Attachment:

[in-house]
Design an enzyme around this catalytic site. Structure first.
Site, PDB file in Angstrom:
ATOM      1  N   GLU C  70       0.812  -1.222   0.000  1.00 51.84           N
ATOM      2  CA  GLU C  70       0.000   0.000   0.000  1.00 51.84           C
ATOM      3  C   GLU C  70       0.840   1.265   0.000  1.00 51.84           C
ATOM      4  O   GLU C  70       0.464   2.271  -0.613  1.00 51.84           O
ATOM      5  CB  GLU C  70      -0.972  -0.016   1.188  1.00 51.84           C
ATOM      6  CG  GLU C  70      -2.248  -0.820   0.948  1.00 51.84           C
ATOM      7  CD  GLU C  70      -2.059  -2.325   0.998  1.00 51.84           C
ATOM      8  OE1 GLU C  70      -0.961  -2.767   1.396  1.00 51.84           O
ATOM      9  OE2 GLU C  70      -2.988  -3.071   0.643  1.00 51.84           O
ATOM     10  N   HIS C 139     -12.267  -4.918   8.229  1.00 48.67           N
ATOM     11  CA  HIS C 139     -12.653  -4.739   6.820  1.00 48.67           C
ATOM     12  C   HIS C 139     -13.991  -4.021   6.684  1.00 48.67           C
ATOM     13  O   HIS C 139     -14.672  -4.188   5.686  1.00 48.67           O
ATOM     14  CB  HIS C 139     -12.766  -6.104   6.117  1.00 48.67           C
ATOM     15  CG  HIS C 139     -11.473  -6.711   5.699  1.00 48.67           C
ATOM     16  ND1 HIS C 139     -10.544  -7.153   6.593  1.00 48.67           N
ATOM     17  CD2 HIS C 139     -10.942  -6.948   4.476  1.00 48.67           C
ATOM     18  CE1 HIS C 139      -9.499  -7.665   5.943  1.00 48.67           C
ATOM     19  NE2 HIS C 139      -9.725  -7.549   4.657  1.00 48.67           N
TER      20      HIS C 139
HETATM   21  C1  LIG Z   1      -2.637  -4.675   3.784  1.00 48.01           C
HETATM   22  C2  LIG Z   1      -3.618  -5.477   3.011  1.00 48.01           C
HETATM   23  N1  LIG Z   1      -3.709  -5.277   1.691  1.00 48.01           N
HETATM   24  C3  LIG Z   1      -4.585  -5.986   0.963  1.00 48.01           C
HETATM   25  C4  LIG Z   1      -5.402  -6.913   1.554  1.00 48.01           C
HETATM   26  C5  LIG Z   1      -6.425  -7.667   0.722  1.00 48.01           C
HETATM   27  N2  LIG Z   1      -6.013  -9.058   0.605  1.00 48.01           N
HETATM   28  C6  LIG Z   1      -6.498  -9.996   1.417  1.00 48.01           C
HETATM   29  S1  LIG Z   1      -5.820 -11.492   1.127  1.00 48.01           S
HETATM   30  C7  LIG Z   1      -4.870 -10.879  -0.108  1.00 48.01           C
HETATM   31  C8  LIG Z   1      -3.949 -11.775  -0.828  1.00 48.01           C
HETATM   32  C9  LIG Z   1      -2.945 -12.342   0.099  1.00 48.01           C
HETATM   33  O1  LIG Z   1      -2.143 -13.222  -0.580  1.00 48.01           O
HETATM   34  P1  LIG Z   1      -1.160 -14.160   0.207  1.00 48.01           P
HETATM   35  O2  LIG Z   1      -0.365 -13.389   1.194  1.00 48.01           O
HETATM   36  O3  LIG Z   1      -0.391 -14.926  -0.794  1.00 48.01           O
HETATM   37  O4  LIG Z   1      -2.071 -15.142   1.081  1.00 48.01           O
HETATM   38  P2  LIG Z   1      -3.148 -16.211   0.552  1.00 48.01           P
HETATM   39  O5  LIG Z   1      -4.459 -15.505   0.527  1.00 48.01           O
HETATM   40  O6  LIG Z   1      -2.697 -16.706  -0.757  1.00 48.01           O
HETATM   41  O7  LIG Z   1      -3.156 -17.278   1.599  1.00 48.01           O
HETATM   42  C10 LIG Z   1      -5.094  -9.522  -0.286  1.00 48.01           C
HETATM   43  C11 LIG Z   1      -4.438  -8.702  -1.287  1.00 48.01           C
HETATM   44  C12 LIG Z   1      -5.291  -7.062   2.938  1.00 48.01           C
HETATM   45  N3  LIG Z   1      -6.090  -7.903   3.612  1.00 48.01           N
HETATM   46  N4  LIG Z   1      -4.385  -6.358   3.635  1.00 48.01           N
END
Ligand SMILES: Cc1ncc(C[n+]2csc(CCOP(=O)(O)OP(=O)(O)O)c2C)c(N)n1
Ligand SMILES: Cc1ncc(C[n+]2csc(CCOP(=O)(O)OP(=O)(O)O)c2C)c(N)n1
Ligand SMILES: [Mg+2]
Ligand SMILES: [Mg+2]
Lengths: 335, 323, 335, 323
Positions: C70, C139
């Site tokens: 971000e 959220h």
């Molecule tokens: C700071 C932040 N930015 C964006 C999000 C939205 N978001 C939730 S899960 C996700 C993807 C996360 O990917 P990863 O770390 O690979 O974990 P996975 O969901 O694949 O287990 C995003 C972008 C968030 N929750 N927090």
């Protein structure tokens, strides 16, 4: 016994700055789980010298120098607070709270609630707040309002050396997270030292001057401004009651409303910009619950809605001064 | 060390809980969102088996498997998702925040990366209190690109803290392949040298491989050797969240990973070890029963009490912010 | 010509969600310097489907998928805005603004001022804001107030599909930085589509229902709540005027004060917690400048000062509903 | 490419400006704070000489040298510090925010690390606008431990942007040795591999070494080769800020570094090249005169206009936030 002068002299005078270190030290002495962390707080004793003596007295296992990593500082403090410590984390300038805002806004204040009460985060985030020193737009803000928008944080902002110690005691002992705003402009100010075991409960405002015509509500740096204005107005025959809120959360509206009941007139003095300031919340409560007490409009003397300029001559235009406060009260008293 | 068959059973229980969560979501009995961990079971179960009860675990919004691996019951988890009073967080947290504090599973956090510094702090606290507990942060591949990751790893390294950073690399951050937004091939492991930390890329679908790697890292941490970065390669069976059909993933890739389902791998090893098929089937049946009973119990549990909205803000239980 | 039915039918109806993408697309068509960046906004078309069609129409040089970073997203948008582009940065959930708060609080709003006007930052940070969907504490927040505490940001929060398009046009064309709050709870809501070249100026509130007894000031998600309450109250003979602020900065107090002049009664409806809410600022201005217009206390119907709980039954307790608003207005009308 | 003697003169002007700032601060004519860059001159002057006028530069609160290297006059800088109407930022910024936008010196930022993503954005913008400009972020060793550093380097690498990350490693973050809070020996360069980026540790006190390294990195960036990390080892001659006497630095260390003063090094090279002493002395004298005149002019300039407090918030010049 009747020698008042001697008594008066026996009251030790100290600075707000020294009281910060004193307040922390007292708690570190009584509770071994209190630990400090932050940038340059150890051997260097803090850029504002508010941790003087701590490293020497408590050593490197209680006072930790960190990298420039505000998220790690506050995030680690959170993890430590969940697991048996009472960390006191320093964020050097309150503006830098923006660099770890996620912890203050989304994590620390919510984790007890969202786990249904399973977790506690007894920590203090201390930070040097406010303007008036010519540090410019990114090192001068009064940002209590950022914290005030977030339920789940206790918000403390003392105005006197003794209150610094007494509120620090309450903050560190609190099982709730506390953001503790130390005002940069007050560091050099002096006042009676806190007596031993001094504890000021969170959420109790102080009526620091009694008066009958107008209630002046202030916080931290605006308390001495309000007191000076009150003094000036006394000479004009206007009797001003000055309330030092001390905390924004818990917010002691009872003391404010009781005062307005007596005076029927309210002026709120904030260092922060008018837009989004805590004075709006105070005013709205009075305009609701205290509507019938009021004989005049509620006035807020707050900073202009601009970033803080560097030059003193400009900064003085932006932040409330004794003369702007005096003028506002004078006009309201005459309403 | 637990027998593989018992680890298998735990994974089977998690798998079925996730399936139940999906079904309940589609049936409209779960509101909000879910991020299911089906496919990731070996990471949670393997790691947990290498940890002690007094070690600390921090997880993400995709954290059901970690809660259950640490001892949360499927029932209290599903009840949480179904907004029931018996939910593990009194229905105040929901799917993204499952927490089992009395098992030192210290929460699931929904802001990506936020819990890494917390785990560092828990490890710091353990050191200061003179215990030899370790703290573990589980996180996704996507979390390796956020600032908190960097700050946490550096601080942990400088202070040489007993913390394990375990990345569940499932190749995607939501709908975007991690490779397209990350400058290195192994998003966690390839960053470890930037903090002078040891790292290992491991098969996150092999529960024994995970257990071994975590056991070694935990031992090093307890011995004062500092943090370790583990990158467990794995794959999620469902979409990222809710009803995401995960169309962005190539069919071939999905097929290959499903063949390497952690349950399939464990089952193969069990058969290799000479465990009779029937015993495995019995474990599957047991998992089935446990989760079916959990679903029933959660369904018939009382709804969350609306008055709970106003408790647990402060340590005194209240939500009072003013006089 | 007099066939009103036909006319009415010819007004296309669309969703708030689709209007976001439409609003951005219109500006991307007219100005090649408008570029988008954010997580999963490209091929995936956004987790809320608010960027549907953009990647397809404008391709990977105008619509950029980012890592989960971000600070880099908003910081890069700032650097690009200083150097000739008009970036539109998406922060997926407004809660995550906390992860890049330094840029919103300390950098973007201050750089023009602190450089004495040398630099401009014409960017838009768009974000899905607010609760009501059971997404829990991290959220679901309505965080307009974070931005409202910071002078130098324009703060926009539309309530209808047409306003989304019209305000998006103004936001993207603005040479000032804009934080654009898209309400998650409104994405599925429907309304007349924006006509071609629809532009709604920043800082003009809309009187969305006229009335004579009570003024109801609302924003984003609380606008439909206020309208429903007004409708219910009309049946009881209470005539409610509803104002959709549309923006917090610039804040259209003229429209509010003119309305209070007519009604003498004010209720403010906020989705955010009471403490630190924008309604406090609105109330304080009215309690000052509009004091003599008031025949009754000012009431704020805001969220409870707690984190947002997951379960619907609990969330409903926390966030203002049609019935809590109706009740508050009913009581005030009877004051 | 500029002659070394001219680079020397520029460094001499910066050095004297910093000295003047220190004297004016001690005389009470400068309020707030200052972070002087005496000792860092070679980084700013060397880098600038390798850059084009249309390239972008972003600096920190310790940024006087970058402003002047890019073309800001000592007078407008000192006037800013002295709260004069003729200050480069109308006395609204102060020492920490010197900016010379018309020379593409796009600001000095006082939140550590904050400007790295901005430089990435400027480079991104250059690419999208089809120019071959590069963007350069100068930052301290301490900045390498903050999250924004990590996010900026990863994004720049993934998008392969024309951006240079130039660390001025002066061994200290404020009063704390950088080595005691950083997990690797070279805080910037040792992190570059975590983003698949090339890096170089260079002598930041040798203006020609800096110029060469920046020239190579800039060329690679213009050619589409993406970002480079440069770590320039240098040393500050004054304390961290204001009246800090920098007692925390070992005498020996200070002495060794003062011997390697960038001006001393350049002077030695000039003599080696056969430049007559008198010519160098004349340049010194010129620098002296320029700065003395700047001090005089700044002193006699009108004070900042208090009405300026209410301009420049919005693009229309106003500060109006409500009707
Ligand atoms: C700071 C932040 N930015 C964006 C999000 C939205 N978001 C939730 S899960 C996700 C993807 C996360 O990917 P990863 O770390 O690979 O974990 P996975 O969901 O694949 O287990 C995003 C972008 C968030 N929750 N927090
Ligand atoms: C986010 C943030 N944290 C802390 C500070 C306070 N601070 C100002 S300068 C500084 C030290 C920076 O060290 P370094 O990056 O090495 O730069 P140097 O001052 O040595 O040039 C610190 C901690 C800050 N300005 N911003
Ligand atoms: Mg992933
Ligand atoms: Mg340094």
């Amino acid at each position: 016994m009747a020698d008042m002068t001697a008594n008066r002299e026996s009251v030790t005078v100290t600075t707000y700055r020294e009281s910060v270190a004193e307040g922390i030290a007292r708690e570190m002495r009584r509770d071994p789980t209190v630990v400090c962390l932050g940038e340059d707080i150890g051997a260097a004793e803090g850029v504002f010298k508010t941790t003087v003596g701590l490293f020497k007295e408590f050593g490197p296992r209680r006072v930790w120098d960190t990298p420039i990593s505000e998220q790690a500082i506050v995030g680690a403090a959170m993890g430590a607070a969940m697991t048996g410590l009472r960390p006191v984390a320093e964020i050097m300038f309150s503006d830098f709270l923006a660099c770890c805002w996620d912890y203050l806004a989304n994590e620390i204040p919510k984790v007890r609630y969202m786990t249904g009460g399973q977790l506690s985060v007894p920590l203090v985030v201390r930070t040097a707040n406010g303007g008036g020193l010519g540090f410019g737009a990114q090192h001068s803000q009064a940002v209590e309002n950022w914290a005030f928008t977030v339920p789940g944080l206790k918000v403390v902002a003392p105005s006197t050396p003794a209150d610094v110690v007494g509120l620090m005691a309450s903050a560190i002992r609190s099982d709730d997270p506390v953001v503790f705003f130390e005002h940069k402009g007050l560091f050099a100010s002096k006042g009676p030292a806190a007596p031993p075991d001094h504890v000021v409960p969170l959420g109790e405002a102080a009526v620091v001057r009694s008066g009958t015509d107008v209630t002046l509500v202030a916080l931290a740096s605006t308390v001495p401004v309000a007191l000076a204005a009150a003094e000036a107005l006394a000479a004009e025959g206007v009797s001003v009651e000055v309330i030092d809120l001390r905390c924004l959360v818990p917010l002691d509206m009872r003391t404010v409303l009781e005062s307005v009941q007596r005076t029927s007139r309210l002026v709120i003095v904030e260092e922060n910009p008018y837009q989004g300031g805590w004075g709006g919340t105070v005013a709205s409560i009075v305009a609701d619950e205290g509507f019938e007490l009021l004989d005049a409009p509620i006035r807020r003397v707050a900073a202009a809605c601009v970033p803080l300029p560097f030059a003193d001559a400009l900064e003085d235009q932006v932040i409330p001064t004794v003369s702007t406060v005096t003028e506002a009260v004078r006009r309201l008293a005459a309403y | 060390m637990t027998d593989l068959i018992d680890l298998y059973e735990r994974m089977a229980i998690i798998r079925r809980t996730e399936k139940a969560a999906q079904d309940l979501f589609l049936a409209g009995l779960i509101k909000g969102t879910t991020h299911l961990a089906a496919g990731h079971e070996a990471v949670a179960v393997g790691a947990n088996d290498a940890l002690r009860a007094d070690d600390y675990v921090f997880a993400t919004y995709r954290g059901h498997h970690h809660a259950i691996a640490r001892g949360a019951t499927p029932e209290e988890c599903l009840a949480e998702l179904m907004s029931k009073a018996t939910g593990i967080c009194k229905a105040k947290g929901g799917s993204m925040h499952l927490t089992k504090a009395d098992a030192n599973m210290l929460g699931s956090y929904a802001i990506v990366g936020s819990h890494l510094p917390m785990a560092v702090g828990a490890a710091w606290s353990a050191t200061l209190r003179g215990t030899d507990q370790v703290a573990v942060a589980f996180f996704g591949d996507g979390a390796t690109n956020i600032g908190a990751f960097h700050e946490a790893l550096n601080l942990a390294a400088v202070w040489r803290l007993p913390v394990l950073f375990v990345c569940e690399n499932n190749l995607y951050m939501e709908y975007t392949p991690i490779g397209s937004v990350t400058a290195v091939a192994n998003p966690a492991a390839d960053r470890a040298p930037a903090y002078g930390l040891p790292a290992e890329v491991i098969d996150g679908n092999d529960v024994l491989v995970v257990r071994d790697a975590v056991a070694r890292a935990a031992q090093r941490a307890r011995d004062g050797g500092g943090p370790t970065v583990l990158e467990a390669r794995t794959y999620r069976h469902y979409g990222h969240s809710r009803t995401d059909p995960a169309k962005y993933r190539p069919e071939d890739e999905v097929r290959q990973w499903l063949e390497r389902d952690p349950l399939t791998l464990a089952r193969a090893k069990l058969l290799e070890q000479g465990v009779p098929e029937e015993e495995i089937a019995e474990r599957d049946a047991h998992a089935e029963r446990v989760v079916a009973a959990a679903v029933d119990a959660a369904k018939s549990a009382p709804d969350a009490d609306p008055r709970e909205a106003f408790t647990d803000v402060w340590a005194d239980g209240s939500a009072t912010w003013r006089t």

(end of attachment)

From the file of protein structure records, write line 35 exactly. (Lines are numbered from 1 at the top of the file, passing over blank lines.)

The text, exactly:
HETATM   32  C9  LIG Z   1      -2.945 -12.342   0.099  1.00 48.01           C